FREQUENTLY ASKED QUESTIONS Trademark Classes Explained For Mobile Apps

Some of the most lucrative new products and services in recent years come in the form of mobile apps.

If you’ve made a mobile app, or are making one, you may be wondering how to trademark it, and which trademark classes you should know about.

This video will answer all your questions about trademark classes for mobile apps.


Trademark Classes Explained For Mobile Apps

Alright, so first of all, classes. We have several videos where I explain what trademarking classes or the Nice Classes, Nice Classification classes are. And if you have no idea about classes, you probably want to start with those videos. 

But just to give you a very brief summary, when you file your trademark application when you own your trademark, it's not about you owning the actual trademark, the actual word or the actual phrase, or the actual image. 

It's about you owning that phrase, word, or image in connection with specific products and services for which you've applied. And those products and services are grouped in categories that are called classes, right? 

So when you file your trademark application for your mobile app, you have to make a decision on which classes, and which goods and services you want to cover with it. And in which classes would those goods and services go? 

So there are a few strategies that you could use when trademarking your mobile app and depending on really a few things. One, depending on what your app does. Two, depending on how it does it. And three, depending on how you distribute it.

Trademarking a Mobile App: Distribution Method

So, let's start with a distribution model first. So what you do if your app is downloadable, if it's something that people download and install on their devices, you're looking at class 9 because class 9 refers to Goods. It's something tangible. And software, the ones and zeros as a file are tangible. So that would go to class 9. 

But, if you use the software as a service model, so there is something downloadable on the front end, but for the whole thing to work, there is something happening on the back end on your server, it's software as a service. Then you're looking at class 42. And that's in terms of delivery. 

Trademarking a Mobile App: Services

The other question is what does your app actually do? Because for example if it's an app that teaches you something right? It's an educational app. Then you want to cover Educational Services which would be class 41, or entertainment services also class 41. So if it's a game, you want to protect it as the name of the game, not necessarily just the software component of it, but what the public is getting out of it. 

So for example, if your app makes calls. Like calls, or it's a messenger, instant messenger, or something like that. You're going to be looking at class 38 for telecommunications. If what your app does allows you to order food or something like that, you'd be looking at class 43.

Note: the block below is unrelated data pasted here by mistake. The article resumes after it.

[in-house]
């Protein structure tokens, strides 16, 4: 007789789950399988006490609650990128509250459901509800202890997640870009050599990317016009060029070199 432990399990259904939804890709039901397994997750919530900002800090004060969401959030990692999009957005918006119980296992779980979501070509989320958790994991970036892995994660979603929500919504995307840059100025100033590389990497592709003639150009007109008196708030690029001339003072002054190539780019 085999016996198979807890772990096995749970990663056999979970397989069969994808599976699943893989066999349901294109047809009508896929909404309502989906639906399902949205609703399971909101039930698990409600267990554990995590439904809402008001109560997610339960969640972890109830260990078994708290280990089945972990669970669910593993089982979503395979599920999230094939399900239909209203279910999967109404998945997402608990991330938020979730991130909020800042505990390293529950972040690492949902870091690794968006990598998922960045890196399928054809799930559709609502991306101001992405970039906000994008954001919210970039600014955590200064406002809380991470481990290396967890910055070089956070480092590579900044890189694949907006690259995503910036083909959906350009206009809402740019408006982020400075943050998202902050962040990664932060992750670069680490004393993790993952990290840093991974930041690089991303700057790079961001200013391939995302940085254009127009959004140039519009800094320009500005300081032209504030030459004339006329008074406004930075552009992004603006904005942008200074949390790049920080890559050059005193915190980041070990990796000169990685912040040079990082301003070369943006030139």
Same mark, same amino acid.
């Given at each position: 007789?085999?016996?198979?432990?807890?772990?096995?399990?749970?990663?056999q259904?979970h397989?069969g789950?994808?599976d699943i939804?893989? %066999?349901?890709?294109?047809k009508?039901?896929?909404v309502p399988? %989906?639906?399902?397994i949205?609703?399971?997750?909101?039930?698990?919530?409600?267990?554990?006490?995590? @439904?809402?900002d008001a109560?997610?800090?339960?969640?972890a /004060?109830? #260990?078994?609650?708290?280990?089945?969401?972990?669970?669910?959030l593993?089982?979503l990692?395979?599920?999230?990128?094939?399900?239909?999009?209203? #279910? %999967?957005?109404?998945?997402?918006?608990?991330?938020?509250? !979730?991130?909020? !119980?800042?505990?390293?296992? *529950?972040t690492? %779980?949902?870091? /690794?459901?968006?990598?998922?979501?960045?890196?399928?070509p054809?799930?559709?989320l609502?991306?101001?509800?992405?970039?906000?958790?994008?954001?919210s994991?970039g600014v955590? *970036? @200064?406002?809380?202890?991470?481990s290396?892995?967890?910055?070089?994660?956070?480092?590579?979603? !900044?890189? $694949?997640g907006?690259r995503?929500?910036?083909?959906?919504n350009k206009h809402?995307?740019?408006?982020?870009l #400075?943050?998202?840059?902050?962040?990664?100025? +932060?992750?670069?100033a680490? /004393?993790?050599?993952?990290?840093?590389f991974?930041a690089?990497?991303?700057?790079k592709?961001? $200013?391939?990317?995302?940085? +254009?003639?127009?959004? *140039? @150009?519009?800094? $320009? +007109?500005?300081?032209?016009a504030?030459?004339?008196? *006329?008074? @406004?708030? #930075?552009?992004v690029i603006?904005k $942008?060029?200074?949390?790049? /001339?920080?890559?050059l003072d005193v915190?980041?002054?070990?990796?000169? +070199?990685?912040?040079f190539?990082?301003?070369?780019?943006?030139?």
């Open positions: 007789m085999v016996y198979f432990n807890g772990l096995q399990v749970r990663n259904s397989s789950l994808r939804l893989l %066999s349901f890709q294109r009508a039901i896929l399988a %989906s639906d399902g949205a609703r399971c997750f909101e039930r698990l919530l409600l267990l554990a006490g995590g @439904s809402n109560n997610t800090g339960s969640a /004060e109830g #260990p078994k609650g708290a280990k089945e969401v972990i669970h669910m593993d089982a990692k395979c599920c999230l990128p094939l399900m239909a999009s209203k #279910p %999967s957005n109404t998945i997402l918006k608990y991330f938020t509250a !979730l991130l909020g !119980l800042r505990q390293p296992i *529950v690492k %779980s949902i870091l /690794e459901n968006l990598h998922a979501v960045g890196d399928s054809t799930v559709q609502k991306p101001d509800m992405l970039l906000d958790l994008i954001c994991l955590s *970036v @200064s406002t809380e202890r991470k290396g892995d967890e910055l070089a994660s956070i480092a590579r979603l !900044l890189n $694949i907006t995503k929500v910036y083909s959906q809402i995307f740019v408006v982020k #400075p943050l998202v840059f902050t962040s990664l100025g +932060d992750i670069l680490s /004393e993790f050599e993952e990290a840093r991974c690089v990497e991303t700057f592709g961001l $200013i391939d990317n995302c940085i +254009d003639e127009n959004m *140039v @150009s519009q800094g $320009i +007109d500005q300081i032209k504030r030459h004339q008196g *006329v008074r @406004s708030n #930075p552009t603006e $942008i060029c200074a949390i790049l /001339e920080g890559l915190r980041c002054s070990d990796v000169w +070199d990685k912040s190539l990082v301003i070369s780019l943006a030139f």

If your app helps people register trademarks, you'd be looking at class 45. So again, you don't stop at it being an app as a good or service alone. You’re also looking at things that the app does. And you want to protect those underlying services, those underlying products that the public gets through using your app or in connection with your app. 

There is a wide range of possibilities because apps can do so much and their potential is always expanding. So that will be the way you determine where, and in which classes to file your trademark application for a mobile app.

Trademark Classes for Mobile Apps

So the biggest question when trademarking a mobile app is, is it downloadable? If so, it fits in Class 9. Or is it software as a service? That’s Class 42. Or is it both and you’re going to be filing both? That is also an option for many software companies.

And in addition to that, what does the app actually do? Because again, you don't trademark the app, you trademark the name of the app. And your trademark may be the logo for the app. 

So when you do that, you want to make sure that nobody else can offer services or products that are the same as your name or the same as your logo as your app. Which is why you go for the classes that also cover those underlying products and services. 

You want your trademark to give you as much protection as possible for your product or service in whatever area it is you work in. So you want to consider all the different classes that your app might possibly cover. 

Classes 9 and 42 are the most basic trademark classes that most apps will fall under. But there are usually additional classes that you want to file under as well, depending on what your app does.

I hope this makes it clear. If it does, Like this video. If it doesn't, post your comment below and ask your question. And I'll do my best to answer your question either by replying to your comment or maybe creating another video just like this one. And make sure you subscribe if you haven't yet. And get notified whenever the next video goes live. 

And if you got an app that you want to protect if you want, you've got an app that you want to trademark, go to and book a call with one of our strategy advisors. They will be happy to talk to you. Hear your story. 

Understand why you think trademarks will help you grow your business and go from there. You'll be able to get started and the call is free and we'll take it from there. And until then, I will see you in the next video.


Disclaimer: Please note that this post and this video are not and are not intended as legal advice. Your situation may be different from the facts assumed in this post or video. Your reading this post or watching this video does not create a lawyer-client relationship between you and Trademark Factory International Inc., and you should not rely on this post or this video as the only source of information to make important decisions about your intellectual property.